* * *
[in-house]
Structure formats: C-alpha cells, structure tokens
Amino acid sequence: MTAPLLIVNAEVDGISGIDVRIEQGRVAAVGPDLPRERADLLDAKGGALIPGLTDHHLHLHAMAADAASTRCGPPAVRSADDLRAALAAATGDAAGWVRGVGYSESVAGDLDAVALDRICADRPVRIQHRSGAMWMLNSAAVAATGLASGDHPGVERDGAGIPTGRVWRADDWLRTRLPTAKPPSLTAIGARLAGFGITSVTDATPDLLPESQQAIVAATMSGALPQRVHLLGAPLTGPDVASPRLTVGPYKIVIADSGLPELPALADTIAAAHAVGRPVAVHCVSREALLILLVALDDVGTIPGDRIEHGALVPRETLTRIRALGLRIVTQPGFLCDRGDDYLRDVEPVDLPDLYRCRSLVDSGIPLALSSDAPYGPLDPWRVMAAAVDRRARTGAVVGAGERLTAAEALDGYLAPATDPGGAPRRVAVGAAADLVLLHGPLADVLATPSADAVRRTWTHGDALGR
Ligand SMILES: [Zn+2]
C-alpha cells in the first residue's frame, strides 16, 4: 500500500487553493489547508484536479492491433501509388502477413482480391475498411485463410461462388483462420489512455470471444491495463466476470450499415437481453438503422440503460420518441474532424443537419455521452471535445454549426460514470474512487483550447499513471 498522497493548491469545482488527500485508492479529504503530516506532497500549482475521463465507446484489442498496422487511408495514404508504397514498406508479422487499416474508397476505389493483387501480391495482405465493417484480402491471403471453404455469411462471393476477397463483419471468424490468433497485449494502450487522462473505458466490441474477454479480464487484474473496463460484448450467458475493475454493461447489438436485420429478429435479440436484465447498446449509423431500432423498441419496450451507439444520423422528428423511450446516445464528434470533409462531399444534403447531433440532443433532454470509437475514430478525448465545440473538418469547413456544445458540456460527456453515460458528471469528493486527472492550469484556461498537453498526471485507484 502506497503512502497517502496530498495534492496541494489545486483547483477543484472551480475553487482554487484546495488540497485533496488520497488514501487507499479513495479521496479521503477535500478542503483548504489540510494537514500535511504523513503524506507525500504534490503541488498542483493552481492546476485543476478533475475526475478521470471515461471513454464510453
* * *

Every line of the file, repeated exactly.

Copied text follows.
[in-house]
Structure formats: C-alpha cells, structure tokens
Amino acid sequence: MTAPLLIVNAEVDGISGIDVRIEQGRVAAVGPDLPRERADLLDAKGGALIPGLTDHHLHLHAMAADAASTRCGPPAVRSADDLRAALAAATGDAAGWVRGVGYSESVAGDLDAVALDRICADRPVRIQHRSGAMWMLNSAAVAATGLASGDHPGVERDGAGIPTGRVWRADDWLRTRLPTAKPPSLTAIGARLAGFGITSVTDATPDLLPESQQAIVAATMSGALPQRVHLLGAPLTGPDVASPRLTVGPYKIVIADSGLPELPALADTIAAAHAVGRPVAVHCVSREALLILLVALDDVGTIPGDRIEHGALVPRETLTRIRALGLRIVTQPGFLCDRGDDYLRDVEPVDLPDLYRCRSLVDSGIPLALSSDAPYGPLDPWRVMAAAVDRRARTGAVVGAGERLTAAEALDGYLAPATDPGGAPRRVAVGAAADLVLLHGPLADVLATPSADAVRRTWTHGDALGR
Ligand SMILES: [Zn+2]
C-alpha cells in the first residue's frame, strides 16, 4: 500500500487553493489547508484536479492491433501509388502477413482480391475498411485463410461462388483462420489512455470471444491495463466476470450499415437481453438503422440503460420518441474532424443537419455521452471535445454549426460514470474512487483550447499513471 498522497493548491469545482488527500485508492479529504503530516506532497500549482475521463465507446484489442498496422487511408495514404508504397514498406508479422487499416474508397476505389493483387501480391495482405465493417484480402491471403471453404455469411462471393476477397463483419471468424490468433497485449494502450487522462473505458466490441474477454479480464487484474473496463460484448450467458475493475454493461447489438436485420429478429435479440436484465447498446449509423431500432423498441419496450451507439444520423422528428423511450446516445464528434470533409462531399444534403447531433440532443433532454470509437475514430478525448465545440473538418469547413456544445458540456460527456453515460458528471469528493486527472492550469484556461498537453498526471485507484 502506497503512502497517502496530498495534492496541494489545486483547483477543484472551480475553487482554487484546495488540497485533496488520497488514501487507499479513495479521496479521503477535500478542503483548504489540510494537514500535511504523513503524506507525500504534490503541488498542483493552481492546476485543476478533475475526475478521470471515461471513454464510453